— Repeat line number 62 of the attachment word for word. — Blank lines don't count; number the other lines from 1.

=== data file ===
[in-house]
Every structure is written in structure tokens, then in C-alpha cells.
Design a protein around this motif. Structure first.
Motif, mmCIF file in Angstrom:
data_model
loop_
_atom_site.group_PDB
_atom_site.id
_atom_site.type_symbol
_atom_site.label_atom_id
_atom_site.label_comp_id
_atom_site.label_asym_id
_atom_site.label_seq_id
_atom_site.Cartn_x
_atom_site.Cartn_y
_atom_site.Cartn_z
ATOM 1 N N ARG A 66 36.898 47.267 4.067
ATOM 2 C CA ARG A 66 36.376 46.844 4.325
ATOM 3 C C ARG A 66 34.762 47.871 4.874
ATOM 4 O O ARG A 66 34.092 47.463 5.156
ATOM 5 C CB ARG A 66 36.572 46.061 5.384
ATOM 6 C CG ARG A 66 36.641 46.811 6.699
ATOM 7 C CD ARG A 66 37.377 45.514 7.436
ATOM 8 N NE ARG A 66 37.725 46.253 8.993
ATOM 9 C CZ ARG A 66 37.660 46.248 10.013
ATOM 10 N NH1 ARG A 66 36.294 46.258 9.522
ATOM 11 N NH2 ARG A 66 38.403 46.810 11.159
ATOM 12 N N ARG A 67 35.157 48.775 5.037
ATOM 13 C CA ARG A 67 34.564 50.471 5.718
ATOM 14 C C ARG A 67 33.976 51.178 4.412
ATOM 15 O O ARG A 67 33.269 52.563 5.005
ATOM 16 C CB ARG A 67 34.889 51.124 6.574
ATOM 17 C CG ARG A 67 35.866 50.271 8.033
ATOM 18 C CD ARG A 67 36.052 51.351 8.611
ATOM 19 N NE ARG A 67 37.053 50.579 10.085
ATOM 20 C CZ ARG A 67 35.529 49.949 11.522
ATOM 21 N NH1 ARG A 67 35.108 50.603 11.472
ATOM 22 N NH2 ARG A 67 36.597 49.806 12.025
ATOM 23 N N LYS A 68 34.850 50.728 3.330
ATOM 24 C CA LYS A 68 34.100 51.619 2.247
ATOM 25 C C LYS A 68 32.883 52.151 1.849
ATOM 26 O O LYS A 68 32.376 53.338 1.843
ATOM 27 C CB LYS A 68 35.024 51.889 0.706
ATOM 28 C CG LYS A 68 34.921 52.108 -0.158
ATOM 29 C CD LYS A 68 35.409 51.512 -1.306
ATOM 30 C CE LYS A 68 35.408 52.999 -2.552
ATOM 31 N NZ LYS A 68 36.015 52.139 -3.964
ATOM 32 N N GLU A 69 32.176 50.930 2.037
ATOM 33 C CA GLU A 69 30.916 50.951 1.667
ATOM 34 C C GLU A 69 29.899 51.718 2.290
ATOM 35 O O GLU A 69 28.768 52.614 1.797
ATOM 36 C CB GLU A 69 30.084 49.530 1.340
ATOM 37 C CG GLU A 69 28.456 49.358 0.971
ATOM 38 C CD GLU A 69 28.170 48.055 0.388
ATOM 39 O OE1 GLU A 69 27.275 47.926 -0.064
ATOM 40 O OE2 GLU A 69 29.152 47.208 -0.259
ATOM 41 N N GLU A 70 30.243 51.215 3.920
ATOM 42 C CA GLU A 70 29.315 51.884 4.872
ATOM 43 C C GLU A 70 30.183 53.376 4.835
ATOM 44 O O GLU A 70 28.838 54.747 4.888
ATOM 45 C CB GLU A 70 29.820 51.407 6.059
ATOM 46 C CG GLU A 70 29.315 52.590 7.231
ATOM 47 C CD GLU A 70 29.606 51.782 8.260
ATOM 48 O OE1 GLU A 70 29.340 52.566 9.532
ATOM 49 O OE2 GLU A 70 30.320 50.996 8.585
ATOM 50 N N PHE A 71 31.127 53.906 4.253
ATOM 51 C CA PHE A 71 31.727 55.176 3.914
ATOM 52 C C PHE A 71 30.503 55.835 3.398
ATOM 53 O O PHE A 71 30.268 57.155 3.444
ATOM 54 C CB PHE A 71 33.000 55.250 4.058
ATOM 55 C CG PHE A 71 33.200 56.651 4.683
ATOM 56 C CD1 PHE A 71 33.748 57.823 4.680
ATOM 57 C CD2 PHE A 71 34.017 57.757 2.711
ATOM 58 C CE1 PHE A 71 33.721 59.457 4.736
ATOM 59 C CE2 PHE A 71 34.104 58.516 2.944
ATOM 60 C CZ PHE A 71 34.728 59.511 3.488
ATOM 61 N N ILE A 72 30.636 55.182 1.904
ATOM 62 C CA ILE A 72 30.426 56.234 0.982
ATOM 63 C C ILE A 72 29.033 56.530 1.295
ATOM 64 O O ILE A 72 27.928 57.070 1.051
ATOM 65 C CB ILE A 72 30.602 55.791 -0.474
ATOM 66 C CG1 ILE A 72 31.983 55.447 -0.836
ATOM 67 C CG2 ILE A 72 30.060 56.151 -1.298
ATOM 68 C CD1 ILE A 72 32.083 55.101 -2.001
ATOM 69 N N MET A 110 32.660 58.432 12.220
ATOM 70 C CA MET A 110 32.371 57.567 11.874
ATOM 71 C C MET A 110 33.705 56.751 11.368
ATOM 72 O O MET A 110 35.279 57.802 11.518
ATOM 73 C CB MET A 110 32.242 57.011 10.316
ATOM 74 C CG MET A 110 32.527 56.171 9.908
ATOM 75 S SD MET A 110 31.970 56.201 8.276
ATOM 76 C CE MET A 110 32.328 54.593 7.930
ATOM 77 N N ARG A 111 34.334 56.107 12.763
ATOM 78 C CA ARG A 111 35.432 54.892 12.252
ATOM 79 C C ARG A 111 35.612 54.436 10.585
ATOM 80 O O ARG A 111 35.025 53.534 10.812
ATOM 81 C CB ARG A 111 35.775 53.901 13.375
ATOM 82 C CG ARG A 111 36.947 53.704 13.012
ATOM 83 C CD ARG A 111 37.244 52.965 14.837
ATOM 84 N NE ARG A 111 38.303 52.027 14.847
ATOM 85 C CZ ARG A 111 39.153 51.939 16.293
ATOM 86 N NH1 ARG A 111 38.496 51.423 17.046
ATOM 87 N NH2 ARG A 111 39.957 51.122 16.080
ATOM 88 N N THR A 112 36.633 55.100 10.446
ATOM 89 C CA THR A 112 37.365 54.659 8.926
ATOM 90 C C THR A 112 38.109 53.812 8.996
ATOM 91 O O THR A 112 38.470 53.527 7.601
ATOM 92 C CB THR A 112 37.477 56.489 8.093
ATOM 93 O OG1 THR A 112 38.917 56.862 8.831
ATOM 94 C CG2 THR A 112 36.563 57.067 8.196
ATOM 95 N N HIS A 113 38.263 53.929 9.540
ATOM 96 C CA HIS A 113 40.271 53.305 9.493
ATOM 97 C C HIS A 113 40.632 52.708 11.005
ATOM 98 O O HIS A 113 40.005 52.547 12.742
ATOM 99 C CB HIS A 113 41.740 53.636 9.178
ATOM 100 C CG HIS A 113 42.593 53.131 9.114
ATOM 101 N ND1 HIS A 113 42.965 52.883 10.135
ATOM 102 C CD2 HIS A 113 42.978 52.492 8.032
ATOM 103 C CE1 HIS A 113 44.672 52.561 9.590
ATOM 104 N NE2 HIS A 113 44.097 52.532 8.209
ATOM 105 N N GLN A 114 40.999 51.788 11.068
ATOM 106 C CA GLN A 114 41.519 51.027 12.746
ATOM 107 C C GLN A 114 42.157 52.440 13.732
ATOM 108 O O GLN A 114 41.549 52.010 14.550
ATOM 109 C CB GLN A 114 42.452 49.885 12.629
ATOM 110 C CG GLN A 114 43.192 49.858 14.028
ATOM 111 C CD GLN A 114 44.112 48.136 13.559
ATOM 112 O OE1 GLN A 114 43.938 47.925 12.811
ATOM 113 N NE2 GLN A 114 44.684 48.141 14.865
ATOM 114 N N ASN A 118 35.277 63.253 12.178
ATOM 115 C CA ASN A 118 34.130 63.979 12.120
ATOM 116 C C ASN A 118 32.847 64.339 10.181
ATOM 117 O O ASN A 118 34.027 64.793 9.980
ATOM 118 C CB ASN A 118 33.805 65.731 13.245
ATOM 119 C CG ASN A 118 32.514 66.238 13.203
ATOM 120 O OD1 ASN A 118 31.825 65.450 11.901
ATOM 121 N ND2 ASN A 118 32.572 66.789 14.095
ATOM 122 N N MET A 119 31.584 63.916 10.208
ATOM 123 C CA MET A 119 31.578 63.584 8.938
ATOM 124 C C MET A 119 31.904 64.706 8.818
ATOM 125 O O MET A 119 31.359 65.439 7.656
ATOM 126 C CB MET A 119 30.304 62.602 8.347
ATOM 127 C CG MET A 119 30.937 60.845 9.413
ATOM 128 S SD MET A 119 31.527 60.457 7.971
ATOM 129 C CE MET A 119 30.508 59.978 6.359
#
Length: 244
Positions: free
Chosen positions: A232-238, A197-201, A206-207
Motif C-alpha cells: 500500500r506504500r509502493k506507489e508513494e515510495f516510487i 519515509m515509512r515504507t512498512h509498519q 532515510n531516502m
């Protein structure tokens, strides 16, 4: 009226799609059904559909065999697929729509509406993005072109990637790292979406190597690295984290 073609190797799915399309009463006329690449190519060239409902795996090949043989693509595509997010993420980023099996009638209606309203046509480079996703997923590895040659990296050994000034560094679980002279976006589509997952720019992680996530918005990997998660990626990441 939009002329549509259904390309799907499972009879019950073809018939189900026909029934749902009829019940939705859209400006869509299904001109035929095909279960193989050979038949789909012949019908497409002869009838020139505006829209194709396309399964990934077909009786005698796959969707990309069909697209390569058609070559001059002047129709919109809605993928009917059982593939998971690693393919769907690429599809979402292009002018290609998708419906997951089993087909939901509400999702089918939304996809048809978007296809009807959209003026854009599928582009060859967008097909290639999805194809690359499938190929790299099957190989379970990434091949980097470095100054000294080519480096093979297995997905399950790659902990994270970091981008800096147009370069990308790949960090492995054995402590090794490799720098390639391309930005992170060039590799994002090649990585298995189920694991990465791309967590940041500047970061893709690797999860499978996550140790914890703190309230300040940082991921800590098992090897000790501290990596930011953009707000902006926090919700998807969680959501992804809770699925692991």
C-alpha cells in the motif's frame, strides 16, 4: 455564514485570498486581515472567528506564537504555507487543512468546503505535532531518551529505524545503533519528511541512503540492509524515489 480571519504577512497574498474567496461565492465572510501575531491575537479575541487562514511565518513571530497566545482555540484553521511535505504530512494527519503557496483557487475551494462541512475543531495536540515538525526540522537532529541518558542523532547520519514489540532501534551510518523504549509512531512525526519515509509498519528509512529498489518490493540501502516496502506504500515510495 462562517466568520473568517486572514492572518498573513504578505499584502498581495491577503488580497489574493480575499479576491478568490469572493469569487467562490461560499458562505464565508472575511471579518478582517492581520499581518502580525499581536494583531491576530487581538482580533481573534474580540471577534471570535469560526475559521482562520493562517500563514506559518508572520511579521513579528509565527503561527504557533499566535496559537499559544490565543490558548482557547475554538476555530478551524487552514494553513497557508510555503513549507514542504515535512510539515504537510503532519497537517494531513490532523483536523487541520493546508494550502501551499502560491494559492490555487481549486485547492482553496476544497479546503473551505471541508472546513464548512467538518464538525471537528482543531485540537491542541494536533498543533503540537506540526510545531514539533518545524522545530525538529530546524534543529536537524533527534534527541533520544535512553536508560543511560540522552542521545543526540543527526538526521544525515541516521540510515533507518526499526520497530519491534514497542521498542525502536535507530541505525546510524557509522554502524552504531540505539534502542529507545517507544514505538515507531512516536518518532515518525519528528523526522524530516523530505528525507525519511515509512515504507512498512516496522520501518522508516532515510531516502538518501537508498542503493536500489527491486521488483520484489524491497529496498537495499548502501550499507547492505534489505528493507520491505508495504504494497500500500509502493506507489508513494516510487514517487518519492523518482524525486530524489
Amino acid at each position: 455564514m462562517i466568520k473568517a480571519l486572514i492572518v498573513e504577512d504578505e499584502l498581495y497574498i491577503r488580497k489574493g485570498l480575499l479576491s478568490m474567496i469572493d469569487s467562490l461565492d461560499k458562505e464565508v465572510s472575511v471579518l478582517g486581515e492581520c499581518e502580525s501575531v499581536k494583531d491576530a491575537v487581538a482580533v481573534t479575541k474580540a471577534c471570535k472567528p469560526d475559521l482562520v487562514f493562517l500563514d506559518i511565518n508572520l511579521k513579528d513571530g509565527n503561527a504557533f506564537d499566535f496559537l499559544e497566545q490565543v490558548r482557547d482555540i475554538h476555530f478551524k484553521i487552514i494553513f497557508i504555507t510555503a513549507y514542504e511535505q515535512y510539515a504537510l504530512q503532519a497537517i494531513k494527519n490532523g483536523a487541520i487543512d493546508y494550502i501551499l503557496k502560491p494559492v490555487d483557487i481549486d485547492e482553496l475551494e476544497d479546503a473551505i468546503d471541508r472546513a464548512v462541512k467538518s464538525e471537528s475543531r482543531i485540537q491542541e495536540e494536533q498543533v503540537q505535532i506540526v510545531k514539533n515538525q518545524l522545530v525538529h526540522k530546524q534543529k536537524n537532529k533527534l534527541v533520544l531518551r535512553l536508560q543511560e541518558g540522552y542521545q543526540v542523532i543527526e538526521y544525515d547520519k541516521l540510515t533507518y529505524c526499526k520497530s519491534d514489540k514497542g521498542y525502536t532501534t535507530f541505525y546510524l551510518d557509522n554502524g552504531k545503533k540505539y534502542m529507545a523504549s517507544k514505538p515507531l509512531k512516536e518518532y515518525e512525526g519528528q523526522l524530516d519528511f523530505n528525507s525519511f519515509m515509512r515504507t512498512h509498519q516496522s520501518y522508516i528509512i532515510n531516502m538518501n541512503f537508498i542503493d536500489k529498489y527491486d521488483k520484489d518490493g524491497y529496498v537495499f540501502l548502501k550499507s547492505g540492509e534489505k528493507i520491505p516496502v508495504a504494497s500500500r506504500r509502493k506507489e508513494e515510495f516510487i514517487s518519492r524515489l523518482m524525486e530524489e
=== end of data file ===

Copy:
ATOM 46 C CG GLU A 70 29.315 52.590 7.231